Google just announced that users of its new social network Google+ can now share their meticulously curated circles of users with the rest of the world. Owen Prater, a software engineer on the Google+ team made the announcement on the service earlier this afternoon and noted that Google hopes that this new feature will allow users “to share and find lots of great content in Google+, while still giving you important controls over how you read and share.” Sadly, it’s exactly those controls that make this feature somewhat different from Twitter’s list feature – and likely not quite what Google+ users expected it to be.
As Facebook moves to gather more and more data from its users, some people are getting rather anxious to know what Facebook really knows about them. Turns out, you can actually get Facebook to send you a CD with a PDF of all of your activities on the network – as long as you are…
Between 1947 and 1956, after a chance discovery by a Bedouin shepherd, archaeologist found hundreds of ancient texts written between the third and first century BC in caves near an old settlement not too far away from the Dead Sea. These so-called “Dead Sea Scrolls” feature, among other texts, some of the oldest surviving copies of numerous biblical texts. Written in Hebrew, Aramaic and Greek, they are preserved in a highly secure building in Jerusalem where only a few of the scrolls are ever exhibited at the same time. Now, however, Google, in cooperation with the Israel Museum in Jerusalem, is putting some of the rolls online.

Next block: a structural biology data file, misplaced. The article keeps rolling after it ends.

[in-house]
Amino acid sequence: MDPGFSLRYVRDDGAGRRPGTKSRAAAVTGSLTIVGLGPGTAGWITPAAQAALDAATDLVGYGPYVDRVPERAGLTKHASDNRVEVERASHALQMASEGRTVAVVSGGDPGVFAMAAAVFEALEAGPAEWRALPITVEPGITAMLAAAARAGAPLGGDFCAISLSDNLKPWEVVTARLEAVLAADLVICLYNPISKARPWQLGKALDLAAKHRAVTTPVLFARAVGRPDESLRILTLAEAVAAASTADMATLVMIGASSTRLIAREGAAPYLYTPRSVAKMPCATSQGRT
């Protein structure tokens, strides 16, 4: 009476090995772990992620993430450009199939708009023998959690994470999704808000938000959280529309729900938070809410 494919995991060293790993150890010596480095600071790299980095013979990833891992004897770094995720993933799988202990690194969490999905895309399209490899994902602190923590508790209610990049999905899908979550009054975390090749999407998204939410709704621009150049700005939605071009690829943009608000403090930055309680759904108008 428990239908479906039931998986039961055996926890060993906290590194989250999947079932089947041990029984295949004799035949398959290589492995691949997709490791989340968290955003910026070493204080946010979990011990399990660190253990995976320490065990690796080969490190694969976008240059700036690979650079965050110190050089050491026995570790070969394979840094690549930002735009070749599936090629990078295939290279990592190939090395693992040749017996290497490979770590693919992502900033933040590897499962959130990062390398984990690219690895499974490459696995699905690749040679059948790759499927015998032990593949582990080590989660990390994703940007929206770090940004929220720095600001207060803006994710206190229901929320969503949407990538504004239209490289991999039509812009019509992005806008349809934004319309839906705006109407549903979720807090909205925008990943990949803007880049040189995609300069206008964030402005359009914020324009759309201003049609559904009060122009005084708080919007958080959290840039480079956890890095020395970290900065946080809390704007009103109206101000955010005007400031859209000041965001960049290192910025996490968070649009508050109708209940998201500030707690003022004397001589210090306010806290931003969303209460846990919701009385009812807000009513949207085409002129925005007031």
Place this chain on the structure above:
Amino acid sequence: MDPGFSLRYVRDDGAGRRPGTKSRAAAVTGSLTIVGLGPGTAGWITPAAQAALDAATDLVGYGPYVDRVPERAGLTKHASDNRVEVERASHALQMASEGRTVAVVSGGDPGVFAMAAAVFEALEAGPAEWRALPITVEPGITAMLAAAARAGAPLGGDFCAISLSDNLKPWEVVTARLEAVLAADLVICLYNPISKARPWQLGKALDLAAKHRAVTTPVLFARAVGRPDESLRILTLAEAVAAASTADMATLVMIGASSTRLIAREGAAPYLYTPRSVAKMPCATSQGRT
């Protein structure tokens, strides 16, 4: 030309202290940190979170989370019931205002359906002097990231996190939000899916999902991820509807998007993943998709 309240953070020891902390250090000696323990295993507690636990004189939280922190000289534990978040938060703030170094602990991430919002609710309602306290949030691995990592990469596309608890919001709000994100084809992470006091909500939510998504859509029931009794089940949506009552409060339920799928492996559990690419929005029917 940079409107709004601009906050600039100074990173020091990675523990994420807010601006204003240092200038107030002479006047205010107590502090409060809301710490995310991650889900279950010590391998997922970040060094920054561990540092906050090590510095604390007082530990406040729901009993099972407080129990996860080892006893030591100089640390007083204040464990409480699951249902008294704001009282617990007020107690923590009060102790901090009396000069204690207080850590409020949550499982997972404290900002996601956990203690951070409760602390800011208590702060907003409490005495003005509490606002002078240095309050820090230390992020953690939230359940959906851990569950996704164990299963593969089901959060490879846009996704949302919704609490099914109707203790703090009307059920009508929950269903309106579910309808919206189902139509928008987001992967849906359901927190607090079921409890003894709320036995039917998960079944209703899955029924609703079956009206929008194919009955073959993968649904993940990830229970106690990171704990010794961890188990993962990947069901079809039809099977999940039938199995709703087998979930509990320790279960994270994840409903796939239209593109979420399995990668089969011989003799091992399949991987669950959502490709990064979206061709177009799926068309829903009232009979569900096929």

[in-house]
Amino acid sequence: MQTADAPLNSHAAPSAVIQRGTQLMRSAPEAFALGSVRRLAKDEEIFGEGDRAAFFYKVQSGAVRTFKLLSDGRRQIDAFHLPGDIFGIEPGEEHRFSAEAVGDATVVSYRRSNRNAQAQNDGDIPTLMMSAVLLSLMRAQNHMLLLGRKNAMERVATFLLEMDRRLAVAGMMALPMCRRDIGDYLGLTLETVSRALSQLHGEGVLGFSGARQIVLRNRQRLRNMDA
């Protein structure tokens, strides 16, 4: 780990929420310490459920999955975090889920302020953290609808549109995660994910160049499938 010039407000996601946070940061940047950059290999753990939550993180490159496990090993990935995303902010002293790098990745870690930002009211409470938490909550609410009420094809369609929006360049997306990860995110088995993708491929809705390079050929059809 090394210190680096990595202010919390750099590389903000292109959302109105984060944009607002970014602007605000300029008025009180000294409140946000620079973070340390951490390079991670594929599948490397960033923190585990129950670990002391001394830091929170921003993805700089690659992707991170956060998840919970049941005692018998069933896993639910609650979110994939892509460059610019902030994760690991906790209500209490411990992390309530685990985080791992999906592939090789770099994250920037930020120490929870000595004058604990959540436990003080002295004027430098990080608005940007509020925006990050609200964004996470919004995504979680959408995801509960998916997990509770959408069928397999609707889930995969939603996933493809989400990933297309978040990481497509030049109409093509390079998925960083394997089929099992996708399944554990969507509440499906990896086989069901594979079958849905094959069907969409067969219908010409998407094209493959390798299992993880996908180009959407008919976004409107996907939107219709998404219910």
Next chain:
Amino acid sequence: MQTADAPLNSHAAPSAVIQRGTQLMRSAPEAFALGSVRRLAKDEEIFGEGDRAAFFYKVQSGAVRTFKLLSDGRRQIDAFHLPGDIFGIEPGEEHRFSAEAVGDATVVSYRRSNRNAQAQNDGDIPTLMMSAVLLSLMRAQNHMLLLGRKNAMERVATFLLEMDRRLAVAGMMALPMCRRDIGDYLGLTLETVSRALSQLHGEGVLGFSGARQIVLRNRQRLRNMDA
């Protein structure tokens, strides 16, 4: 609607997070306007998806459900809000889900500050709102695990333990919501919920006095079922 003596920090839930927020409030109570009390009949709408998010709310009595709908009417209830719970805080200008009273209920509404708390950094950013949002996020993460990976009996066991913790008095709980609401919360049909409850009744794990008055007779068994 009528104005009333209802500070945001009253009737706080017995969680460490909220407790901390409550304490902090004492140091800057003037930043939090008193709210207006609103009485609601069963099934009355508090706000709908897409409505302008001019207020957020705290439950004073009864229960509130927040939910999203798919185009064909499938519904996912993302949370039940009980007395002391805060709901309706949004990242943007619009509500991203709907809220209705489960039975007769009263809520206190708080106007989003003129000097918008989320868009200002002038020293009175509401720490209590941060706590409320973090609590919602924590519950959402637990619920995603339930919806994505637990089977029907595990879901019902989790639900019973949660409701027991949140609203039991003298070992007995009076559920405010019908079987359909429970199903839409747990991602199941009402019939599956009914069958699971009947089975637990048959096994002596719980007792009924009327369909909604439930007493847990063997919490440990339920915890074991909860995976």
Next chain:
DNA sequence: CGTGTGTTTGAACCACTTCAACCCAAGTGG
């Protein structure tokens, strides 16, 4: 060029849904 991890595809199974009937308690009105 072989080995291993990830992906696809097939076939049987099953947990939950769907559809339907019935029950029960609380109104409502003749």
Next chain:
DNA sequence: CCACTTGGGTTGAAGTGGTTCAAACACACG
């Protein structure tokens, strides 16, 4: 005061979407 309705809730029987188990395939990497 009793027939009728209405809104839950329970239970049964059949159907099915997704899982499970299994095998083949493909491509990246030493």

When I opened Spotify on my desktop this morning, a pop-up informed me that “Spotify Loves Social” and that I should discover “great music with [my] friends.” To get started doing just that, all I had to do was click “Get Started.” Spotify also conveniently pre-checked the opt-in to Facebook’s new Open Graph feature. I’m not sure most mainstream users will understand that opting in to the pre-checked Open Graph opt-in means that all their listening data will not just be forwarded to Facebook, but that their friends will likely see everything they play on the Facebook ticker as well. As Spotify now forces its users to have a Facebook account, chances are quite a few people will sign up for this “service” unwittingly.
No matter what you think about this, though, it’s clear that the future of music is social. Facebook has partnered with everybody who is anything in this business, including Spotify, Slacker, turntable.fm, iHeartRadio, MOG, SoundCloud and Rhapsody. The one exception: Apple.